As Israel intensifies attacks, 300,000 Gazans are on the move

Around 300,000 Palestinians in southern and northern Gaza are forced to flee once again. says the United Nations, while Israel issued new and expanded evacuation orders on Saturday. But many don't know where to find safe refuge in a war-torn place.

The expanded evacuation orders apply to the city of Rafah, at Gaza's southern tip, where more than a million Gazans have gathered after fleeing Israeli shelling elsewhere over the past seven months. They have compounded fears that the Israeli military is poised to proceed with an invasion of Rafah that Israeli leaders have long promised, a prospect that international aid groups and many countries have condemned.

Around 150,000 people have already fled Rafah in the last six days. according to UNRWA, the United Nations agency that helps the Palestinians.

“It's a really difficult situation: the number of displaced people is very high and none of them know where to go, but they leave and try to get as far away as possible,” said Mohammad al-Masri, a 31-year-old former accountant taking refuge with family in a tent in Rafah. “Fear, confusion, oppression and anxiety are eating away at people.”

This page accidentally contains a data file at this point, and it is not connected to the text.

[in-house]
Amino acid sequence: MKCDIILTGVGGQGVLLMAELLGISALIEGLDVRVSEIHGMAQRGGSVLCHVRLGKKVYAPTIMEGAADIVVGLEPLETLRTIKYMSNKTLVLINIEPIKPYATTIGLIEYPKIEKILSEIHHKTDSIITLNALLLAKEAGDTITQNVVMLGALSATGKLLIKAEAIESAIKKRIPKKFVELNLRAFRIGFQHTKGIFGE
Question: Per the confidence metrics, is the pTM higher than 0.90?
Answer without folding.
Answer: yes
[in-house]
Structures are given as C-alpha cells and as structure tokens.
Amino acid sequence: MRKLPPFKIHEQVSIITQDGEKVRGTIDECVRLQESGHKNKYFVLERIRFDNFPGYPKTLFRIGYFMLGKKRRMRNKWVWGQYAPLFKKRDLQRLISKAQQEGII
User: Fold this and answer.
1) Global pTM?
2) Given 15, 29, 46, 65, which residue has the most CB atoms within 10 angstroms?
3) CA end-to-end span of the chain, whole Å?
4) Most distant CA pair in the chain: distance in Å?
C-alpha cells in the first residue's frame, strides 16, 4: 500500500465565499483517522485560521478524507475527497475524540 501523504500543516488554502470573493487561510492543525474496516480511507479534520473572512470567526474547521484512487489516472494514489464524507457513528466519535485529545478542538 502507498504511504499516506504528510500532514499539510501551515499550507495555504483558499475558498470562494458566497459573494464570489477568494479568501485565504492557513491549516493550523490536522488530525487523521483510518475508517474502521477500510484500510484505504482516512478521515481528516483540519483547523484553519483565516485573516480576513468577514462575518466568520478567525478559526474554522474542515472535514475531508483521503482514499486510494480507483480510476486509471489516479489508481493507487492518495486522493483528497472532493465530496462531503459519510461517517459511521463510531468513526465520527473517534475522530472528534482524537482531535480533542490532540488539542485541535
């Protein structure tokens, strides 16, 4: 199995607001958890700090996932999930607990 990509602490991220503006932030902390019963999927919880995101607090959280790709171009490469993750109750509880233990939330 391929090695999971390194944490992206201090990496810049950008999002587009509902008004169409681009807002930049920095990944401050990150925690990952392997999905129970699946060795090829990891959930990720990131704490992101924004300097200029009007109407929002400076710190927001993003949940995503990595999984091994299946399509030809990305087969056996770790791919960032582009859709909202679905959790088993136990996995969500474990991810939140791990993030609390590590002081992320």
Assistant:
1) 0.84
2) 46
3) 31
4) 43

Charles Michel, president of the European Council, criticized the expanded evacuation order on Saturday on social mediastating: “The evacuation orders for civilians trapped in Rafah to unsafe areas are unacceptable.”

Israel took control of the Gaza side of the Rafah border crossing with Egypt on Monday in what it called a “limited operation”, and intensified shelling and fighting has continued in and around the city since then.

The Israeli army said it was carrying out “precise operations in specific areas of eastern Rafah” against Hamas. But according to local health officials, most of the more than 34,000 Palestinians killed in Gaza were women and children. Dozens of people have been killed by Israeli attacks in Rafah since Monday, health officials say.

Most of Gaza's 2.2 million residents have been forced from their homes, often multiple times during the war, and many now live in dilapidated tents, classrooms or overcrowded apartments.

On Saturday, the Israeli military said in a statement that it “called on the population of other areas in eastern Rafah to temporarily evacuate to the expanded humanitarian area of ​​Al-Mawasi,” a coastal area north of Rafah.

“So far,” the military added, “around 300,000 Gazans have moved to the humanitarian area of ​​Al-Mawasi.”

Although Israel has designated Al-Mawasi a humanitarian zone, the United Nations has stressed that the area is neither safe nor equipped to accommodate the hundreds of thousands of Palestinians already displaced by the war.

“Everywhere you look now, west #Rafa families are packing their bags this morning,” Louise Wateridge, a spokesperson for UNRWA, wrote on social media on Saturday. “The streets are significantly emptier.”

Even as Israeli forces have shelled Rafah, they have repeatedly returned to areas of northern Gaza, including the town of Beit Hanoun and the Zeitoun neighborhood of Gaza City, in recent weeks to deal with renewed militant activity. The Israeli army on Saturday ordered the evacuation of the northern town of Jabaliya ahead of a planned operation.